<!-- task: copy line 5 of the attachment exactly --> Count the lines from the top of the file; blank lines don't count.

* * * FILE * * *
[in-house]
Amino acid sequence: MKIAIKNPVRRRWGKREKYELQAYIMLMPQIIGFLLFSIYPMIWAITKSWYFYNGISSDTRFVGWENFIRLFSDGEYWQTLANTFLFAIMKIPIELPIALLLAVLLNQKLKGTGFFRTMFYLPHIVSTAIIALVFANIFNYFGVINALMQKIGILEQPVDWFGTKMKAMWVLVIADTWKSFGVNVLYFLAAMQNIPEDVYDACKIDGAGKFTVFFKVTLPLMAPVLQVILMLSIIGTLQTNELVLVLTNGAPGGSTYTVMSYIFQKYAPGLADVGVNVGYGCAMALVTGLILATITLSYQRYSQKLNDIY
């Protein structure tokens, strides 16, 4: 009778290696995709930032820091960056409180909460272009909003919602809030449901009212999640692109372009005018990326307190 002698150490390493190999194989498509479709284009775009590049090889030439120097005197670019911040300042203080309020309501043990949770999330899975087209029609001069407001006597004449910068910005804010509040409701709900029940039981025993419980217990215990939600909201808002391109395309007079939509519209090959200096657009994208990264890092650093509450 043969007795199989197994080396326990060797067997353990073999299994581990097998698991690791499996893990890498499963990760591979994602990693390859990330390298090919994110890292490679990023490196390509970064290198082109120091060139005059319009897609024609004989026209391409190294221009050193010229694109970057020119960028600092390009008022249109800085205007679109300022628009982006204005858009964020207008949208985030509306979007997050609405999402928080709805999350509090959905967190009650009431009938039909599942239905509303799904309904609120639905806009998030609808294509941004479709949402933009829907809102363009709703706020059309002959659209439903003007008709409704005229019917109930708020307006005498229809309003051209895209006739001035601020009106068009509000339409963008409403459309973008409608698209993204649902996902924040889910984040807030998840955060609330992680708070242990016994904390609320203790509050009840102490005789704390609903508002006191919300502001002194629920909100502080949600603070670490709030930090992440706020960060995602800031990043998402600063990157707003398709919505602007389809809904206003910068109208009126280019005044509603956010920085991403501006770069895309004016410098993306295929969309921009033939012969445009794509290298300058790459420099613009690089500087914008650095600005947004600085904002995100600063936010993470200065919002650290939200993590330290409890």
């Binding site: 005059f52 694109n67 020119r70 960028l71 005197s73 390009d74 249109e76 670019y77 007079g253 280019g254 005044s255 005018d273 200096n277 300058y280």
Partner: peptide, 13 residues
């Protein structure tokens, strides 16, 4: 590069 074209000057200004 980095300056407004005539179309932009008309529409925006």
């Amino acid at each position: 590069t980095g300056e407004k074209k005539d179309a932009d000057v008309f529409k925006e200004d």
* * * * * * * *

Partner: peptide, 13 residues